Two men found guilty of terrorism charges after being accused of plotting to derail a passenger train are asking Ontario’s highest court to grant them a new trial, arguing the jury that convicted them was improperly selected.
Lawyers for Raed Jaser argue the judge who oversaw the case made several errors, including in rejecting their client’s request as to the method of jury selection.
Jaser’s co-accused, Chiheb Esseghaier, continues to be self-represented but a lawyer appointed to assist him through the legal process agrees the jury was not properly constituted and says a new trial must be ordered for both men.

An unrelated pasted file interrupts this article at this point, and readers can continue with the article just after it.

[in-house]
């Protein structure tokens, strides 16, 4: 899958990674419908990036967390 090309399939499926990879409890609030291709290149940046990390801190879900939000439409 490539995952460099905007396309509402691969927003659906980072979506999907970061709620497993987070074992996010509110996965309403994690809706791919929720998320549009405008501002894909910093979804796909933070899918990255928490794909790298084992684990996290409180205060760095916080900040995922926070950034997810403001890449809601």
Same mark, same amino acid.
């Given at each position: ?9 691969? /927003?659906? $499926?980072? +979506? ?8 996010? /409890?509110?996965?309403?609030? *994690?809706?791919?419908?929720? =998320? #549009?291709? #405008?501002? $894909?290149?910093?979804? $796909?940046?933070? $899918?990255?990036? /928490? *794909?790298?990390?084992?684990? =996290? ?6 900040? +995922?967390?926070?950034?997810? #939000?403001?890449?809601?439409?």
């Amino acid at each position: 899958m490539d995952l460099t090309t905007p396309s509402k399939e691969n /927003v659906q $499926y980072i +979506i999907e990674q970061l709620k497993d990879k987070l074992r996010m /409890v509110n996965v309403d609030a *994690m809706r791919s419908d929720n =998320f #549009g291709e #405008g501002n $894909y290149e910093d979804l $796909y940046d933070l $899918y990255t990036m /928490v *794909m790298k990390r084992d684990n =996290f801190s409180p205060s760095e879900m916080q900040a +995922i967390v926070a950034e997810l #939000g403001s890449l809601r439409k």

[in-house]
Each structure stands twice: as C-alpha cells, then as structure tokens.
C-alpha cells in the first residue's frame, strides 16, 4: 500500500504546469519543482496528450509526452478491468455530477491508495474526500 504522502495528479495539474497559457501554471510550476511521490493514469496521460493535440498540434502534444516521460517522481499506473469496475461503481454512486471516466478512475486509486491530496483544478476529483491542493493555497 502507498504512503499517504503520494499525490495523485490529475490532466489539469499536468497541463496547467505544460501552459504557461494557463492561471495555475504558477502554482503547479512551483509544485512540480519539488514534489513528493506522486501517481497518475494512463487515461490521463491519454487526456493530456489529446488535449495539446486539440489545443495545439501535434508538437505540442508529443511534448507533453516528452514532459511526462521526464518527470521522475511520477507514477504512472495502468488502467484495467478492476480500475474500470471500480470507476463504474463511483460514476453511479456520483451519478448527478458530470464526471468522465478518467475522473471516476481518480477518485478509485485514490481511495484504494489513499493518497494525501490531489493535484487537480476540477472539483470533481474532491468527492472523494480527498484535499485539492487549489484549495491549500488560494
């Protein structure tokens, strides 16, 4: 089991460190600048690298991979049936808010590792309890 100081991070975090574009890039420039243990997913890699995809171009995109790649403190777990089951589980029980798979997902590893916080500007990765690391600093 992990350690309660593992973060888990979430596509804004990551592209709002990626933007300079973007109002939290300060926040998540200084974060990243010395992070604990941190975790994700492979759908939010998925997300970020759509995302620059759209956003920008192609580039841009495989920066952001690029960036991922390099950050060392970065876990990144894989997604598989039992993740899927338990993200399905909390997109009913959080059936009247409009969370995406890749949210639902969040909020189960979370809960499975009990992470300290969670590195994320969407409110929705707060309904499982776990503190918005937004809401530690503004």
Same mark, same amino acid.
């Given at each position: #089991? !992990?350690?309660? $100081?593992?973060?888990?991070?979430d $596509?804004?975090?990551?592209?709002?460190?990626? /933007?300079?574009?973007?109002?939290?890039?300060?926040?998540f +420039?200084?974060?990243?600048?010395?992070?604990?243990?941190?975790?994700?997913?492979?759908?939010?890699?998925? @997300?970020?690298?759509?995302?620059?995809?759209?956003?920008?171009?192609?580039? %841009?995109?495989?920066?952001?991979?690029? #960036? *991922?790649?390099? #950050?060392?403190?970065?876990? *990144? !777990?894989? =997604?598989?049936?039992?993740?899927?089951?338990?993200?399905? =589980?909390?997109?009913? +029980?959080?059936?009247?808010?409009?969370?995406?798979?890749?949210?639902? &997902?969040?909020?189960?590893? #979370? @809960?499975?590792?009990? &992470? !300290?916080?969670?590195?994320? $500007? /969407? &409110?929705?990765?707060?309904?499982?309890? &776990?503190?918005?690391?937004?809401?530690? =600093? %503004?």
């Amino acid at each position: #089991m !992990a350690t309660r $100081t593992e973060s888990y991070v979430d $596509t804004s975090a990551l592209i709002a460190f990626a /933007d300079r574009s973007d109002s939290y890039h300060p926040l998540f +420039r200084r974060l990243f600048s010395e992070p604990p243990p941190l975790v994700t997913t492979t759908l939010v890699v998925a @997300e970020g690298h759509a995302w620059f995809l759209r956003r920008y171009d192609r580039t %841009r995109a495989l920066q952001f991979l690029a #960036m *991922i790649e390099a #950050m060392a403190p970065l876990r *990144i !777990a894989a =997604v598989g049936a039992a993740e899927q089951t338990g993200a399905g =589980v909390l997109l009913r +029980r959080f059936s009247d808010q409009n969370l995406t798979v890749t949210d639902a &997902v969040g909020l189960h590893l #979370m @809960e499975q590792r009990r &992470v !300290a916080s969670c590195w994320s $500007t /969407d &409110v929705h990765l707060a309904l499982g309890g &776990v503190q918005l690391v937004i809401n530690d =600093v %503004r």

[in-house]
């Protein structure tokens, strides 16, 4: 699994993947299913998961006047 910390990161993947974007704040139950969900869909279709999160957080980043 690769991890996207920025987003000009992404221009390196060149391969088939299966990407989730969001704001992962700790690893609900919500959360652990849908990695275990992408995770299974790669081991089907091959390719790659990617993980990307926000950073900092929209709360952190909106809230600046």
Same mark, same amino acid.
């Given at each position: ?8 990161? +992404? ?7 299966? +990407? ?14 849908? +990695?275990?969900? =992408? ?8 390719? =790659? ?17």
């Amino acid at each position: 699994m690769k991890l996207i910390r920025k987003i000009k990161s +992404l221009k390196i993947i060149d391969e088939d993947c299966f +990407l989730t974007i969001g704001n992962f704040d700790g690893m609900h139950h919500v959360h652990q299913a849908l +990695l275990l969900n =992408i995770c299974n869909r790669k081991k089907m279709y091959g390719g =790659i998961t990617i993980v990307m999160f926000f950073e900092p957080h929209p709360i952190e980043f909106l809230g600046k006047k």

Though Jaser has raised several other grounds of appeal, the court has said it will first weigh the issue of jury selection before considering the others. The challenge is expected to be heard in a Toronto court on Tuesday.
Jaser and Esseghaier were found guilty in 2015 on a total of eight terror-related charges between them. They were sentenced to life in prison with no chance of parole until 2023.
The Toronto judge who presided over their trial found both men had not renounced their extremists beliefs, nor had they accepted responsibility for their offences.